This post extends the new Photoshop 3D features post that I posted last week. I wanted to show how to add a texture to a surface of a 3d model (a cylinder in this example), then create a 2.5D Bump map from it.
Inside Photoshop with a new canvas open, it’s easy to create a 3D object from a template object. Choosing 3D / New Mesh from Layer / Mesh Preset and choose the base object.
Adding a texture to a surface in Photoshop 3D is easy. Either click directly on the surface (marked with the red arrow), or select the surface material from the 3D panel (marked with the red box). The properties panel (Yellow) will then give access to the material properties.
This action will open the texture (if one does not exist, Photoshop will ask you to confirm the creation of a new one). Once the texture has been openede, you might seen funny black lines on the canvas, these are the UV maps. The UV map is showing you the polygons in a flat 2D orientation. The important thing here, is that the texture at each pixel point will map onto the actual texture on the 3D model, so it’s always good to see both sides.
Choosing from the Photoshop menu system Window / Arrange / 2 up Vertical will allow you to see both sides and monitor your texture progress. If you take the brush tool and select each window in turn and move the brush around, you should see the cursor which is tracking on the UV mapping references.
Adding a texture to the surface is simple, and to do this i’ll use an image from Adobe Stock. I would like to use some fire and i don’t have one locally, so the Stock service will be ideal for this.
From the File menu, you can choose ‘Search Adobe Stock’, then you can find an image that might work for the texture / desired effect.
Choosing a refernce image is free and won’t come from your allocation, and will be synced straight to your desktop applications via the Creative Cloud library, in the case below, synced to ‘2D Shapes’ library.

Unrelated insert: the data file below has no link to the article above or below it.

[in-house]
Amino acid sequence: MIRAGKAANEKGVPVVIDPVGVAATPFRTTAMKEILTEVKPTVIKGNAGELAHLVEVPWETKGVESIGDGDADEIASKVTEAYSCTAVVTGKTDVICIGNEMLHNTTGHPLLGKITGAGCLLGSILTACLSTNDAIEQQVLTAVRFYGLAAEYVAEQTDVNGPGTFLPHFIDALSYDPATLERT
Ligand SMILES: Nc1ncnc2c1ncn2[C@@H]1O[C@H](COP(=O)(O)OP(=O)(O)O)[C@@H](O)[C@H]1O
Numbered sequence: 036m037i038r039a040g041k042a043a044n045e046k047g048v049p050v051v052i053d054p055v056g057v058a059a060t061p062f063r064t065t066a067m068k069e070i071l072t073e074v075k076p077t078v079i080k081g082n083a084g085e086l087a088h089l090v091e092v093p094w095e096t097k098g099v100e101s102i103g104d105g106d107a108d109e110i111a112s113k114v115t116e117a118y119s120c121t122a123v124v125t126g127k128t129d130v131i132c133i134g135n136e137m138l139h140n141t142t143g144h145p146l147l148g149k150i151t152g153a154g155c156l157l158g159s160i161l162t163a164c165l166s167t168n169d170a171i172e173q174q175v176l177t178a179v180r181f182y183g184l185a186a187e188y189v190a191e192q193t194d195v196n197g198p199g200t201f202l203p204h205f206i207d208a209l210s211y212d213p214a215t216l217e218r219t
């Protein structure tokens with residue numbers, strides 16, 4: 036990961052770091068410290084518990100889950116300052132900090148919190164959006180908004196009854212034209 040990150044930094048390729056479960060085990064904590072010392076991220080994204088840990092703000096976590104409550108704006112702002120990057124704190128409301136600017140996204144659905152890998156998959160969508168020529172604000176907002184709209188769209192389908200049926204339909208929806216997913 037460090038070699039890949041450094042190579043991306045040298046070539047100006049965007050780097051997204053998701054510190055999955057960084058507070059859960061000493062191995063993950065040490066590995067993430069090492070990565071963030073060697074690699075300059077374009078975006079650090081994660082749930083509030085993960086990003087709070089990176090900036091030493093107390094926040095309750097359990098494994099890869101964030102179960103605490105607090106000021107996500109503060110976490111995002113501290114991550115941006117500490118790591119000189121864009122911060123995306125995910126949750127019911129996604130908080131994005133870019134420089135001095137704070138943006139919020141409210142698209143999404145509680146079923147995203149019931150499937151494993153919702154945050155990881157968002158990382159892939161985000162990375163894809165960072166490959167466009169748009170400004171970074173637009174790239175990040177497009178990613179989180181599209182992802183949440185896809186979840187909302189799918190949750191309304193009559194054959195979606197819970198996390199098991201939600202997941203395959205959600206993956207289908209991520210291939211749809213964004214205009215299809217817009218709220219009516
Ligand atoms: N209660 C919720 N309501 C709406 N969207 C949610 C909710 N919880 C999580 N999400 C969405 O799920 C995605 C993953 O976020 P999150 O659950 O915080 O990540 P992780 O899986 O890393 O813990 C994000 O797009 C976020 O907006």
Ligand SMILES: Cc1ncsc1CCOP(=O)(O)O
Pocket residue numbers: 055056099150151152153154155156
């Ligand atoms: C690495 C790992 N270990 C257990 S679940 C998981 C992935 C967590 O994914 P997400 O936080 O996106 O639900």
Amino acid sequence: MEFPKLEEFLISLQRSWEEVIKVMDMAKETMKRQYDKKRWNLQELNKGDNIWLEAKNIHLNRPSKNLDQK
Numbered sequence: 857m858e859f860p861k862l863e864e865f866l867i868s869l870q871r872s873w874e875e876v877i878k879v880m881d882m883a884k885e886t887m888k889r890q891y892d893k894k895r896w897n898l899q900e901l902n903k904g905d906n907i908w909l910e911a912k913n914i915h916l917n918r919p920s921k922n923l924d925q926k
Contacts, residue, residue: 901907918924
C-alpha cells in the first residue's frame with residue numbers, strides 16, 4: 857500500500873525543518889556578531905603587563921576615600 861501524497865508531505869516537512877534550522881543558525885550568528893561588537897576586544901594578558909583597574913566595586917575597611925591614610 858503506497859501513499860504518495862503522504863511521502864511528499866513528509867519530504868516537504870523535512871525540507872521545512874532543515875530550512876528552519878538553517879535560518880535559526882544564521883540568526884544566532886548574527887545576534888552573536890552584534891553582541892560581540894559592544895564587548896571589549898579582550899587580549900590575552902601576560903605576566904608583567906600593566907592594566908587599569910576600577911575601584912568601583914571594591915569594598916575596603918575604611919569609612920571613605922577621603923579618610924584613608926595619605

The synced asset will be available in the Libraries panel (marked in Yellow), inside Photoshop CC 2015 once the sync has completed. It’s then easy to drag and drop the watermarked (For Placement Only) texture onto the texture of the surface.
To License the Image, you can right click on the image in the Library planel (marked in red) and a royaly free High Resolution image will be downlaoded, the water marked version will be replaced once the file has re-synced.
(This technique will also work with the water marked image, the water mark will be part of the final texture, but this can all be changed dynamically later one, once the creative decisions have been made).
The texture can be saved and closed.
To create the bump map from the texture, select the surface again (from the 3D panel or by clicking directly on the model), marked in red below. This will allow editing of the material properties, at which point clicking on the Bump texture folder (marked in yellow), and choosing ‘Generate Bumps from Diffuse’ (marked in green).
To do this, the Diffuse texture needs to be re-opened. This can be done from the material properties panel (marked green), and the ‘Edit Texture’ selected (marked blue).
One the texture has been opened, i’ve just created a new black colour layer, selecting from the menu Layer / New Fill Layer / Solid Colour / and choosing black or a dark grey (you many need to play with these colours a little, to find the optimum for your desgin).
The object can now be printed. In the example I have the new Tinkerine Ditto Pro selected (marked in Yelow), as well as the Min and Max displacement values (marked in red). The Min and Max displacemet values will raise / invert the hight of the bump maps on the surface of the print.
We hope you enjoy placing bump maps onto surface for either 2D or 3D models. Please get in touch if you have some interesting concepts/ prints or ideas that you would like to share.